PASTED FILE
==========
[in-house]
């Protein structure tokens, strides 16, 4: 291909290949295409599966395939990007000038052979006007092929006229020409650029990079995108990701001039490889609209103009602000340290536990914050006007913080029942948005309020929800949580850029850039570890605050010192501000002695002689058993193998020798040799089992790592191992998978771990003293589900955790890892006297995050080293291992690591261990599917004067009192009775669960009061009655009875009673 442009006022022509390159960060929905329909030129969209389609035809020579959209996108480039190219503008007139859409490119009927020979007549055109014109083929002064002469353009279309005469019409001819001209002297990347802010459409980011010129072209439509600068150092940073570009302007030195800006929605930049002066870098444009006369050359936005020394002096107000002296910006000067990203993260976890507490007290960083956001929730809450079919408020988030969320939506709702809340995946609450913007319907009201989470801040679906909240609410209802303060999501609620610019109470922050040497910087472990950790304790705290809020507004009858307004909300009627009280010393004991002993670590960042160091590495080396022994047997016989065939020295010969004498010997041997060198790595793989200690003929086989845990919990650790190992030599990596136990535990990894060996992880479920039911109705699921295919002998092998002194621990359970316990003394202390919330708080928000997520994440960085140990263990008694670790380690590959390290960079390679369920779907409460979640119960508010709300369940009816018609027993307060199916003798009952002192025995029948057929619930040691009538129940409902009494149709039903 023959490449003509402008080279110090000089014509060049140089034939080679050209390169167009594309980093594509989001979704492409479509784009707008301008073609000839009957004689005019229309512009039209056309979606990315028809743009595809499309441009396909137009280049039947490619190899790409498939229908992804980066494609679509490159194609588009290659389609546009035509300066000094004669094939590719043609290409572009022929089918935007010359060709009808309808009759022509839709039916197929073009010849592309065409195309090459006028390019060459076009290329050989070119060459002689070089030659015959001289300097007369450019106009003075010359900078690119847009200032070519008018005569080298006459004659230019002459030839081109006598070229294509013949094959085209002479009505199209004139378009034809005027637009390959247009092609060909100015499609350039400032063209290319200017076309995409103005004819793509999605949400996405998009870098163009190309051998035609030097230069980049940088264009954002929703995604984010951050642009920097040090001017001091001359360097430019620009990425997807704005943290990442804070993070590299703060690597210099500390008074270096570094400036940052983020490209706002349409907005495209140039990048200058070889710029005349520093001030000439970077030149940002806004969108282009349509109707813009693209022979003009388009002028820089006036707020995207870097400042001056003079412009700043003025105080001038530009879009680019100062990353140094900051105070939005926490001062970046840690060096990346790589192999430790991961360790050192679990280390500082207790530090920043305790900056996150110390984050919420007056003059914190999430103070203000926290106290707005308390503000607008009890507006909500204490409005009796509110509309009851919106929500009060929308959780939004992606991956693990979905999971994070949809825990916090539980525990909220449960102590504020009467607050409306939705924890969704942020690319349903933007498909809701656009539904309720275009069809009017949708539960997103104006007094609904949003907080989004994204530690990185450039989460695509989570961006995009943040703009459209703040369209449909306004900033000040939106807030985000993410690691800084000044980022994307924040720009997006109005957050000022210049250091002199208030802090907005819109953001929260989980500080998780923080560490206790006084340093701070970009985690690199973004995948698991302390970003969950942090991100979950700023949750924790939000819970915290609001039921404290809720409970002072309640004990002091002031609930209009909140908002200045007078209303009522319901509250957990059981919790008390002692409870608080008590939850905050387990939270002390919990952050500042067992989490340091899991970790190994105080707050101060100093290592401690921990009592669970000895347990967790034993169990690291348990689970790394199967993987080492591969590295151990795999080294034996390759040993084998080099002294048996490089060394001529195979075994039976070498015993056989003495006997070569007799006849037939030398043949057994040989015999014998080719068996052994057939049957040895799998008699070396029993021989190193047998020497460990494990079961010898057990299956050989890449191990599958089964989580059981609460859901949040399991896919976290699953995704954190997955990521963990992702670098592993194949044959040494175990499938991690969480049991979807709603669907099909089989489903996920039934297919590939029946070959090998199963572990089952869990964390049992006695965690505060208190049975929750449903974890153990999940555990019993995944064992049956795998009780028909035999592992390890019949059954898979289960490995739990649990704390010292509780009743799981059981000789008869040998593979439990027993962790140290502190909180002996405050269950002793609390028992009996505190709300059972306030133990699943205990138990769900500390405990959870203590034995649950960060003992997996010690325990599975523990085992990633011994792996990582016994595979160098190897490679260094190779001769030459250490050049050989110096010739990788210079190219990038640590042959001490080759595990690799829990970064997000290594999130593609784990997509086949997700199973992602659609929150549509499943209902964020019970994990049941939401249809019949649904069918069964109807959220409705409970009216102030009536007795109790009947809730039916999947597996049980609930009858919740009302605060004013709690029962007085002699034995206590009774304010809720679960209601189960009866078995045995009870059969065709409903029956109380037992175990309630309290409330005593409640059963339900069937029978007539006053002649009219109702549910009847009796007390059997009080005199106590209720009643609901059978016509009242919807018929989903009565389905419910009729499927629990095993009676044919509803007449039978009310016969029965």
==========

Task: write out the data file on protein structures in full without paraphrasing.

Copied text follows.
[in-house]
């Protein structure tokens, strides 16, 4: 291909290949295409599966395939990007000038052979006007092929006229020409650029990079995108990701001039490889609209103009602000340290536990914050006007913080029942948005309020929800949580850029850039570890605050010192501000002695002689058993193998020798040799089992790592191992998978771990003293589900955790890892006297995050080293291992690591261990599917004067009192009775669960009061009655009875009673 442009006022022509390159960060929905329909030129969209389609035809020579959209996108480039190219503008007139859409490119009927020979007549055109014109083929002064002469353009279309005469019409001819001209002297990347802010459409980011010129072209439509600068150092940073570009302007030195800006929605930049002066870098444009006369050359936005020394002096107000002296910006000067990203993260976890507490007290960083956001929730809450079919408020988030969320939506709702809340995946609450913007319907009201989470801040679906909240609410209802303060999501609620610019109470922050040497910087472990950790304790705290809020507004009858307004909300009627009280010393004991002993670590960042160091590495080396022994047997016989065939020295010969004498010997041997060198790595793989200690003929086989845990919990650790190992030599990596136990535990990894060996992880479920039911109705699921295919002998092998002194621990359970316990003394202390919330708080928000997520994440960085140990263990008694670790380690590959390290960079390679369920779907409460979640119960508010709300369940009816018609027993307060199916003798009952002192025995029948057929619930040691009538129940409902009494149709039903 023959490449003509402008080279110090000089014509060049140089034939080679050209390169167009594309980093594509989001979704492409479509784009707008301008073609000839009957004689005019229309512009039209056309979606990315028809743009595809499309441009396909137009280049039947490619190899790409498939229908992804980066494609679509490159194609588009290659389609546009035509300066000094004669094939590719043609290409572009022929089918935007010359060709009808309808009759022509839709039916197929073009010849592309065409195309090459006028390019060459076009290329050989070119060459002689070089030659015959001289300097007369450019106009003075010359900078690119847009200032070519008018005569080298006459004659230019002459030839081109006598070229294509013949094959085209002479009505199209004139378009034809005027637009390959247009092609060909100015499609350039400032063209290319200017076309995409103005004819793509999605949400996405998009870098163009190309051998035609030097230069980049940088264009954002929703995604984010951050642009920097040090001017001091001359360097430019620009990425997807704005943290990442804070993070590299703060690597210099500390008074270096570094400036940052983020490209706002349409907005495209140039990048200058070889710029005349520093001030000439970077030149940002806004969108282009349509109707813009693209022979003009388009002028820089006036707020995207870097400042001056003079412009700043003025105080001038530009879009680019100062990353140094900051105070939005926490001062970046840690060096990346790589192999430790991961360790050192679990280390500082207790530090920043305790900056996150110390984050919420007056003059914190999430103070203000926290106290707005308390503000607008009890507006909500204490409005009796509110509309009851919106929500009060929308959780939004992606991956693990979905999971994070949809825990916090539980525990909220449960102590504020009467607050409306939705924890969704942020690319349903933007498909809701656009539904309720275009069809009017949708539960997103104006007094609904949003907080989004994204530690990185450039989460695509989570961006995009943040703009459209703040369209449909306004900033000040939106807030985000993410690691800084000044980022994307924040720009997006109005957050000022210049250091002199208030802090907005819109953001929260989980500080998780923080560490206790006084340093701070970009985690690199973004995948698991302390970003969950942090991100979950700023949750924790939000819970915290609001039921404290809720409970002072309640004990002091002031609930209009909140908002200045007078209303009522319901509250957990059981919790008390002692409870608080008590939850905050387990939270002390919990952050500042067992989490340091899991970790190994105080707050101060100093290592401690921990009592669970000895347990967790034993169990690291348990689970790394199967993987080492591969590295151990795999080294034996390759040993084998080099002294048996490089060394001529195979075994039976070498015993056989003495006997070569007799006849037939030398043949057994040989015999014998080719068996052994057939049957040895799998008699070396029993021989190193047998020497460990494990079961010898057990299956050989890449191990599958089964989580059981609460859901949040399991896919976290699953995704954190997955990521963990992702670098592993194949044959040494175990499938991690969480049991979807709603669907099909089989489903996920039934297919590939029946070959090998199963572990089952869990964390049992006695965690505060208190049975929750449903974890153990999940555990019993995944064992049956795998009780028909035999592992390890019949059954898979289960490995739990649990704390010292509780009743799981059981000789008869040998593979439990027993962790140290502190909180002996405050269950002793609390028992009996505190709300059972306030133990699943205990138990769900500390405990959870203590034995649950960060003992997996010690325990599975523990085992990633011994792996990582016994595979160098190897490679260094190779001769030459250490050049050989110096010739990788210079190219990038640590042959001490080759595990690799829990970064997000290594999130593609784990997509086949997700199973992602659609929150549509499943209902964020019970994990049941939401249809019949649904069918069964109807959220409705409970009216102030009536007795109790009947809730039916999947597996049980609930009858919740009302605060004013709690029962007085002699034995206590009774304010809720679960209601189960009866078995045995009870059969065709409903029956109380037992175990309630309290409330005593409640059963339900069937029978007539006053002649009219109702549910009847009796007390059997009080005199106590209720009643609901059978016509009242919807018929989903009565389905419910009729499927629990095993009676044919509803007449039978009310016969029965």